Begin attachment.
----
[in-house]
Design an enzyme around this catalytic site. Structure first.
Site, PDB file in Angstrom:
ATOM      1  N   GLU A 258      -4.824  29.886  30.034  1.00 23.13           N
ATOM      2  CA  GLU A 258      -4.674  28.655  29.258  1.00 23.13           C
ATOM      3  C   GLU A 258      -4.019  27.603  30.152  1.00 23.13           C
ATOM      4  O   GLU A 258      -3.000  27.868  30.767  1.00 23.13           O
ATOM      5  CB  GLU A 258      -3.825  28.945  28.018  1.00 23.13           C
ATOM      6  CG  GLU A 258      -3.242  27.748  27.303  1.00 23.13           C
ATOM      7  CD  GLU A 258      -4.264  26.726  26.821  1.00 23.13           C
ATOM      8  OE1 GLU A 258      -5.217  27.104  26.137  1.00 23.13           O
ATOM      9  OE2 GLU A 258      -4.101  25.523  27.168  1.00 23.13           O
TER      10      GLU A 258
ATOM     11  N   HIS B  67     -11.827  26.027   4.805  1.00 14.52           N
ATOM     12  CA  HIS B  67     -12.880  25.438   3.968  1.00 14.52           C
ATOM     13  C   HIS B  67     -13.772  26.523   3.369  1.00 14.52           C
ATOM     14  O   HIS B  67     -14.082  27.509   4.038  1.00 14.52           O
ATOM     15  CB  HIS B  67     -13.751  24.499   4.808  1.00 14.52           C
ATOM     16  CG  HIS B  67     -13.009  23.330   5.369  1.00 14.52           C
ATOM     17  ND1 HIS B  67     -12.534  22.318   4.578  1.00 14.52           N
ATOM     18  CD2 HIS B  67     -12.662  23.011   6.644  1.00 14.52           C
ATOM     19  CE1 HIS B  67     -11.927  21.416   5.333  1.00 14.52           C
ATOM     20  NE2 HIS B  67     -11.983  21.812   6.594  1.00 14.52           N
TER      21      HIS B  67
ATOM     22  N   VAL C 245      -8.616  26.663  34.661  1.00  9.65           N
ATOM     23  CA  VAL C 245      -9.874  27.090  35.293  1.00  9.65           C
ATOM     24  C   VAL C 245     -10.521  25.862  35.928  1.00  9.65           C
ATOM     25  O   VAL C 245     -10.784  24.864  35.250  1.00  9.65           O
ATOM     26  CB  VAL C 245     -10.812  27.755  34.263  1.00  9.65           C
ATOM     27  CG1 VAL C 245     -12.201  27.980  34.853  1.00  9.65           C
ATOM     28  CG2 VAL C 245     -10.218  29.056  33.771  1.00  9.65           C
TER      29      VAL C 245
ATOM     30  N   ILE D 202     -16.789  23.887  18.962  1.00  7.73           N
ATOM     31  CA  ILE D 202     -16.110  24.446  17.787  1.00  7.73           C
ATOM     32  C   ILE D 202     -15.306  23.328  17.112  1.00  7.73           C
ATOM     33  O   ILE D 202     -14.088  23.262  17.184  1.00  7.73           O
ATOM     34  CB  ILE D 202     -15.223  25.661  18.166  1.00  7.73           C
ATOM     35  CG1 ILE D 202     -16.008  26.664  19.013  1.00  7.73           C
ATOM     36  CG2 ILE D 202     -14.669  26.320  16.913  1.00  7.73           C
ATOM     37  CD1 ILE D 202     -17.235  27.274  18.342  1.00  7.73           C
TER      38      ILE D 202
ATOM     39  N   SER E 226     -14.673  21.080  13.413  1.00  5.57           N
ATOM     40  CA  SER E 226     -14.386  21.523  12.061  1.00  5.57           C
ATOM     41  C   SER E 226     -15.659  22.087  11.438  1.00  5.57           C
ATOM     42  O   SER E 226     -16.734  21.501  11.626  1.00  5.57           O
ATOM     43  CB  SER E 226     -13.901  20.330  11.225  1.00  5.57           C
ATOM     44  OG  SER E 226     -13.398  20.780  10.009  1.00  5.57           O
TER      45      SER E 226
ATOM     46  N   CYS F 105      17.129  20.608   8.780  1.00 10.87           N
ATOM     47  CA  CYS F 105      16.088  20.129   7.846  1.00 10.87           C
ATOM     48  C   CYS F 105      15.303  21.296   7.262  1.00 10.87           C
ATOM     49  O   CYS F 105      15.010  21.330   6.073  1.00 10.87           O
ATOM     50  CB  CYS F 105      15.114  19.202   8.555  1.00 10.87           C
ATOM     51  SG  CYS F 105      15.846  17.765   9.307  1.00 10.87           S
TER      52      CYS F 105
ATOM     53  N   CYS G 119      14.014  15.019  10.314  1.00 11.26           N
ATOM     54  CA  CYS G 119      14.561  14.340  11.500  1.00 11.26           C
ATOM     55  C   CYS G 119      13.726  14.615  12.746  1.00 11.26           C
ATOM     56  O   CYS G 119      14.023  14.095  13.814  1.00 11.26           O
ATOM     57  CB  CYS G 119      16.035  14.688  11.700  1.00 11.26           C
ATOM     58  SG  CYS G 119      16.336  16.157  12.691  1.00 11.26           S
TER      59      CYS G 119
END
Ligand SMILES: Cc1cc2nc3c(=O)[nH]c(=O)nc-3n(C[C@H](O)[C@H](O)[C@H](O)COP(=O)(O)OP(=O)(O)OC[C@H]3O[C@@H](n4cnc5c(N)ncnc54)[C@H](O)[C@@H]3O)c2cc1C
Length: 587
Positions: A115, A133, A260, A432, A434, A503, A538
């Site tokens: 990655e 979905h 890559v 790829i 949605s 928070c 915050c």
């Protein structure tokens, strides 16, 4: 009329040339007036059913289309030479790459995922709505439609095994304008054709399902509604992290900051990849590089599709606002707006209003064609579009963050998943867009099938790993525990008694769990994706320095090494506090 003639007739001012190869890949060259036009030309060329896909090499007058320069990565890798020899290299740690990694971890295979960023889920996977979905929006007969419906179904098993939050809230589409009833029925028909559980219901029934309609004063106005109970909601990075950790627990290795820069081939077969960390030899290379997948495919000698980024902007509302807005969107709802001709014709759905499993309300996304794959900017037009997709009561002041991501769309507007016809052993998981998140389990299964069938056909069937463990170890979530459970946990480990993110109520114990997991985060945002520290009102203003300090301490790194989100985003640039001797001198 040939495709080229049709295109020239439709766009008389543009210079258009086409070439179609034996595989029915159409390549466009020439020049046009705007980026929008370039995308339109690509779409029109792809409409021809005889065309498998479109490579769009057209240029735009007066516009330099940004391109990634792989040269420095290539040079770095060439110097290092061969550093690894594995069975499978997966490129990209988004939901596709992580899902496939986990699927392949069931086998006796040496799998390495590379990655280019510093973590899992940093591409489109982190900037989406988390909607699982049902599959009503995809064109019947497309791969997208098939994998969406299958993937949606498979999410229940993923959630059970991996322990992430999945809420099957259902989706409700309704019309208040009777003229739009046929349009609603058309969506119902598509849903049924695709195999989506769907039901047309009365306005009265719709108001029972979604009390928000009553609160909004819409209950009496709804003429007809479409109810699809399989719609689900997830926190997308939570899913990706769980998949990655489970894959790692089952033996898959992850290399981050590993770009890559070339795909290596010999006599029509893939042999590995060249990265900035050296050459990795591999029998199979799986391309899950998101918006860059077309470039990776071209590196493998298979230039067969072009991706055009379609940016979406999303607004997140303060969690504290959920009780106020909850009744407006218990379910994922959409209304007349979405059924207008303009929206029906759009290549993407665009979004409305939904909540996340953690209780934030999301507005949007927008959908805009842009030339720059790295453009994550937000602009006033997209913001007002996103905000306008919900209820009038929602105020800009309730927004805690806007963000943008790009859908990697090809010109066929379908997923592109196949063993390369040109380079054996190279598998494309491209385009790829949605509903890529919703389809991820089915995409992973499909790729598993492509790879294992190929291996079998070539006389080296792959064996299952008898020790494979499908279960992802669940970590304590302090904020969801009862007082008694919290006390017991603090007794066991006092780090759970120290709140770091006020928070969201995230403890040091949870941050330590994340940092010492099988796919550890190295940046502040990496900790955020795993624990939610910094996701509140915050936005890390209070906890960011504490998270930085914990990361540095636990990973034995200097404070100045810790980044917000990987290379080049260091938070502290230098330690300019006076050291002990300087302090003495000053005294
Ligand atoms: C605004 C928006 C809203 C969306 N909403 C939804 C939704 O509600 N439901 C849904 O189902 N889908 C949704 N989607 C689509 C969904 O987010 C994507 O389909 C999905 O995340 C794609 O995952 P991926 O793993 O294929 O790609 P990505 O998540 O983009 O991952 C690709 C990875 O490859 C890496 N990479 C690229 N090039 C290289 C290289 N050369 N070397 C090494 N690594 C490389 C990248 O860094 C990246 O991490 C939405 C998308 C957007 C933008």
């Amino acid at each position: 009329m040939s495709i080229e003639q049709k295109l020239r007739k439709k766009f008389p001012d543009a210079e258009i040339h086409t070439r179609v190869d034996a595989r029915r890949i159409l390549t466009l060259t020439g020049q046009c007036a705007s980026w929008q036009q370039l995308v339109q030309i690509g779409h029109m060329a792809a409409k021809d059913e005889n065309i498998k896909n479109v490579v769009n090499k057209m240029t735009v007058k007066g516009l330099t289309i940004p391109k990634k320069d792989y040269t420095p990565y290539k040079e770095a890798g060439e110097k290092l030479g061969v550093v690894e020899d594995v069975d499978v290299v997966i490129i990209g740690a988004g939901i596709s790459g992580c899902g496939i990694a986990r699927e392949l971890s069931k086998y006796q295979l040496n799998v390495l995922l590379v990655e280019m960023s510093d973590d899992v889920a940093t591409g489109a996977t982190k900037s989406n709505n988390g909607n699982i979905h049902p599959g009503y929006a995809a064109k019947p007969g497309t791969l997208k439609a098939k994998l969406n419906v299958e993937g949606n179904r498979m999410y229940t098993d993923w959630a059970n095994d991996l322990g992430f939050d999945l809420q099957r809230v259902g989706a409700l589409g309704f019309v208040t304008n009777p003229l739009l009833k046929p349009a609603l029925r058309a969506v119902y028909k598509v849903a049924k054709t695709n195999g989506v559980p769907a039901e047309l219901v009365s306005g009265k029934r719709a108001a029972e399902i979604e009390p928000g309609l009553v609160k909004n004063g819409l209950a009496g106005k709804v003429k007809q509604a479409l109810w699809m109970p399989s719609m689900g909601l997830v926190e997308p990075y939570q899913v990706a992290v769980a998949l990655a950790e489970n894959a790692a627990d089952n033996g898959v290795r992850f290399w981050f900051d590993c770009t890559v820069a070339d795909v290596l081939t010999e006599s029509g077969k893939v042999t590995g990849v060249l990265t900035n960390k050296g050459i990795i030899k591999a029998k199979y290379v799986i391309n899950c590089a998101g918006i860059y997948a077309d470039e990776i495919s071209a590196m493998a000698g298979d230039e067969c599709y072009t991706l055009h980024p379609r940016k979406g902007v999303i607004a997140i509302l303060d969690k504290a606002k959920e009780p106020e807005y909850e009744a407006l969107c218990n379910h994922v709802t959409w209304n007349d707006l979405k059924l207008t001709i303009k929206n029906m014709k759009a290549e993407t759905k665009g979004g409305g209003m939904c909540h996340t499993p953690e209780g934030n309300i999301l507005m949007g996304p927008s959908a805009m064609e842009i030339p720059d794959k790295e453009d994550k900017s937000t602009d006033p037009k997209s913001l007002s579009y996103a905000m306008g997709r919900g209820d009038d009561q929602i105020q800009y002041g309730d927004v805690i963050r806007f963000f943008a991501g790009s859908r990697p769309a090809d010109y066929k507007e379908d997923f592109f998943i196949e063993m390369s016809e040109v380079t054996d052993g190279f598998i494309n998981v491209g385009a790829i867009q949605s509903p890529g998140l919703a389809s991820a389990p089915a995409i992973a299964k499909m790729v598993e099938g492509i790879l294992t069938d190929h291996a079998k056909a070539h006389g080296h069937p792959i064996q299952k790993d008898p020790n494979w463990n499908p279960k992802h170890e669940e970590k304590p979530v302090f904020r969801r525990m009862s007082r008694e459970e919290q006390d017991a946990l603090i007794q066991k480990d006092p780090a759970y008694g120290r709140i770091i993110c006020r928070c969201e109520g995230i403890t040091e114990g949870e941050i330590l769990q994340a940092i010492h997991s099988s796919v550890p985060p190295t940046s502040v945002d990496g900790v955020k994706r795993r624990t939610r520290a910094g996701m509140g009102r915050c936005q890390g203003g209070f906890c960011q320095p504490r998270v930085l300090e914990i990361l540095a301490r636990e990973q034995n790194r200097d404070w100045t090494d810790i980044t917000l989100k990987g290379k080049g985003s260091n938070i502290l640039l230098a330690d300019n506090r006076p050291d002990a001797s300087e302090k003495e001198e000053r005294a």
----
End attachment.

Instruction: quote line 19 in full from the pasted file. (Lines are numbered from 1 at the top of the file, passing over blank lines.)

ATOM     16  CG  HIS B  67     -13.009  23.330   5.369  1.00 14.52           C